Digitising industries is one of the key challenges to be tackled for fostering European growth in the years to come. inno TSD, project partner of H2020 IoT4Industry, identified several levers for accelerating this process in European regions.
Industry 4.0 (I4.0) as a new way to organize industrial production methods with innovations derived from Internet of Things (IoT), advanced manufacturing and digital technologies can be considered the 4th industrial revolution.
The industrial internet of things is centred around gathering and making use of industrial data, allowing notably to:
Monitor aspects of production (such as processes, machines, products) by being able to visualize and interpret live data in the cloud. This monitoring can be taken to the next level with the idea of a “digital twin”. A digital twin can be a computer model which mirrors the physical world (by receiving and presenting live IoT data). Monitoring solutions that help all levels of the distribution sector, from the management up to the programming of supply routes. It obtains and analyses information in real-time information from pumping systems, fans, on-valve measurement instruments, actuators and energy meters.
Store and analyse vast amount of valuable production data. An example of such analysis is predictive analytics to determine the health of a machine and when it might require maintenance. This is called predictive maintenance. Another example could be analysing process data to find operational efficiencies. This is often called process optimisation. A system that accesses production data in real time and tags it to historical statistics, making information tangible on efficiency, utilisation and availability of plants and machines. This allows for optimisation of the production process either as a stand-alone application or through integration with SAP platforms.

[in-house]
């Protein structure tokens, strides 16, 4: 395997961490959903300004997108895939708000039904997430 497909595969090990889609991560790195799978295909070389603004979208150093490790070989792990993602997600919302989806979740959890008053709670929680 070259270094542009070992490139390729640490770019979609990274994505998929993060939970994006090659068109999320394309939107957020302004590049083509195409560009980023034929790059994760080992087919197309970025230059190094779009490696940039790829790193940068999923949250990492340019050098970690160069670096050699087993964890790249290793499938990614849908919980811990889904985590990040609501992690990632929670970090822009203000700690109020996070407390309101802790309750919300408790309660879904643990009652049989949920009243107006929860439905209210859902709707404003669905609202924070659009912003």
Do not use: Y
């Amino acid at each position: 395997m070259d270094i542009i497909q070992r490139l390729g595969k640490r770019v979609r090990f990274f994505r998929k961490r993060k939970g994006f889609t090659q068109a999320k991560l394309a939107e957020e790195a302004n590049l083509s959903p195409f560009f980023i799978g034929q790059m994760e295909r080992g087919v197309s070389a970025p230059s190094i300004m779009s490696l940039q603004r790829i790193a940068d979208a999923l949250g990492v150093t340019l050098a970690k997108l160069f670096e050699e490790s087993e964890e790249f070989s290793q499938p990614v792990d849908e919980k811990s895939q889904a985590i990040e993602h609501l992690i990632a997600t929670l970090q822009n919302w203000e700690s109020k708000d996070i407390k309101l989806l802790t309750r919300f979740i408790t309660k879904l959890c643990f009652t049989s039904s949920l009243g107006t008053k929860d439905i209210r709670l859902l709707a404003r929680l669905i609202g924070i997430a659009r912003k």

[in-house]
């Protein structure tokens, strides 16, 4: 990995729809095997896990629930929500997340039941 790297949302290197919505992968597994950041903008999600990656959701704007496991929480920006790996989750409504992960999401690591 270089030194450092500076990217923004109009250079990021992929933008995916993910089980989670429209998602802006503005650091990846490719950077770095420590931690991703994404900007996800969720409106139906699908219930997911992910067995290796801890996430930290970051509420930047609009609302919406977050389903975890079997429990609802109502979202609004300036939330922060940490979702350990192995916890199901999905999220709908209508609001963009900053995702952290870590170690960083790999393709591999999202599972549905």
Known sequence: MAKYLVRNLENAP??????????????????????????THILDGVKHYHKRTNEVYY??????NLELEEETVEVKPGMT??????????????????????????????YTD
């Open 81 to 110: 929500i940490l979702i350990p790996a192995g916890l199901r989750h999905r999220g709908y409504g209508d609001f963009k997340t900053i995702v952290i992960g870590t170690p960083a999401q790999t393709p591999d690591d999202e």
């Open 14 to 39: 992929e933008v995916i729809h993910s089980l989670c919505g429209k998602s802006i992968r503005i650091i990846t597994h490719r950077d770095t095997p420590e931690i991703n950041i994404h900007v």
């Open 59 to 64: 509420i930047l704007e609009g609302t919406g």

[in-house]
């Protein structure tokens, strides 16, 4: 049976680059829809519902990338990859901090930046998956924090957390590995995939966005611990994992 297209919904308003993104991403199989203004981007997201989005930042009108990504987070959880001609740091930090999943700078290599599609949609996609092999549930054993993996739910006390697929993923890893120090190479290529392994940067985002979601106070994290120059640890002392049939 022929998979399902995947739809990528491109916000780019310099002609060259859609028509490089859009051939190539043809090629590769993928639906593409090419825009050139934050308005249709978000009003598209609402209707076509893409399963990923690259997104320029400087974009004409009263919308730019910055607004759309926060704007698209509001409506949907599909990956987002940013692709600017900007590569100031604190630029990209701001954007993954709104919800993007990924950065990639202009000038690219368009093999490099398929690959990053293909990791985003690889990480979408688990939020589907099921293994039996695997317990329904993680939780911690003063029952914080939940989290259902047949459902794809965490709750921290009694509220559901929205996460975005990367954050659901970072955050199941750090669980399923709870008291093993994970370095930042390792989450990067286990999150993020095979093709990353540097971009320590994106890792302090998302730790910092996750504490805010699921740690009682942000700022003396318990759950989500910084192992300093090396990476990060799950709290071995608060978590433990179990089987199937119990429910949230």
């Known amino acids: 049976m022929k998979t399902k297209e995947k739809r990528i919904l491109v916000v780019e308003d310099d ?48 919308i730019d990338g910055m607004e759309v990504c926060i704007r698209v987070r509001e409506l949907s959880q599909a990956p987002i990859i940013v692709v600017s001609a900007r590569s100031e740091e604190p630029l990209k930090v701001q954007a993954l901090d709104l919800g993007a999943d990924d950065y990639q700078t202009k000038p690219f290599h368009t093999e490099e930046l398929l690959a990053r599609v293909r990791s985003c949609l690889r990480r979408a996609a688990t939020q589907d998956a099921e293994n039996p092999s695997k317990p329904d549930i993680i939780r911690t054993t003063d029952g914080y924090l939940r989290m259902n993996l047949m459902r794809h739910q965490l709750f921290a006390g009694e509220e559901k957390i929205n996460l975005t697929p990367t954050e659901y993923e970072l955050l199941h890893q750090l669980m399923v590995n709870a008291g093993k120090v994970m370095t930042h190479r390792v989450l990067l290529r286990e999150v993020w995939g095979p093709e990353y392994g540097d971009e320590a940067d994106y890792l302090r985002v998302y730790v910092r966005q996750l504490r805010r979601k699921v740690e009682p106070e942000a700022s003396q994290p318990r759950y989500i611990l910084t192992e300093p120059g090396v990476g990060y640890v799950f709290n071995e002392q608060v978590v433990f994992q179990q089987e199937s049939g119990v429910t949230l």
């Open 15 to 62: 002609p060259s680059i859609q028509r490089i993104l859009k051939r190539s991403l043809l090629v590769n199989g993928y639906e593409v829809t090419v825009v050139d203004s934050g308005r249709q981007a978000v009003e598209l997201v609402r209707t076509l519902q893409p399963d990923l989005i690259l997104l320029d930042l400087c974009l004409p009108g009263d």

European Members States are facing a challenging global environment and Industry 4.0 solutions induce an important lever with the potential of transforming EU industries and creating enormous growth of the European economy, by supporting the processes in industry rather than creating new industries. Large corporates and small and medium enterprises (SMEs) active in manufacturing are equally affected, with the latter being often not yet sufficiently advanced in the digital transformation process.
A number of nation-wide initiatives exist across the EU to develop I4.0 solutions, but local and regional authorities with their closeness to the territory are required to build strategic co-operation schemes with a private sector that is rapidly evolving towards more ‘hybrid’ models of production in increasingly complex market dynamics. Indeed, the involvement of local industry representatives in designing an industrial strategy is fundamental to meet entrepreneur needs, limit labour mismatches and strengthen the innovative capabilities of enterprises. Moreover, monitoring and evaluation of entrepreneurial industrial activities and the labour market, as well as collecting and elaborating data on key industrial variables, are crucial for a clear overview of local industrial problems!
Smart Specialization (S3) strategies are one among the various tools set by the European Union for fostering the I4.0 at regional level, and can be strengthened through complementary initiatives, set at local, regional or global level, notably through the Digitising European Industry initiative, the Digital Agenda and specific instruments aiming at industrials, SMEs, and citizens.
Inno TSD, along its partners within the scope of the IoT4Industry project, identified three key parameters for the uptake of Industry 4.0 solutions upon which regional stakeholders can act.
The hardest challenge is unfortunately the first. Get industrials & SMEs on board of the digitization process, specifically informing them of opportunities conferred by I4.0 solutions is the key first step that need to be done locally.
Raising industrials awareness must be performed by regional business support stakeholders (development agency, clusters, etc.) who should define, exemplify and demonstrate potential leverage effects (revenue growth, costs reduction for industries) and impacts on socio-economic parameters (job creation, investments, time-to-market, etc.), possibly through dedicated trainings.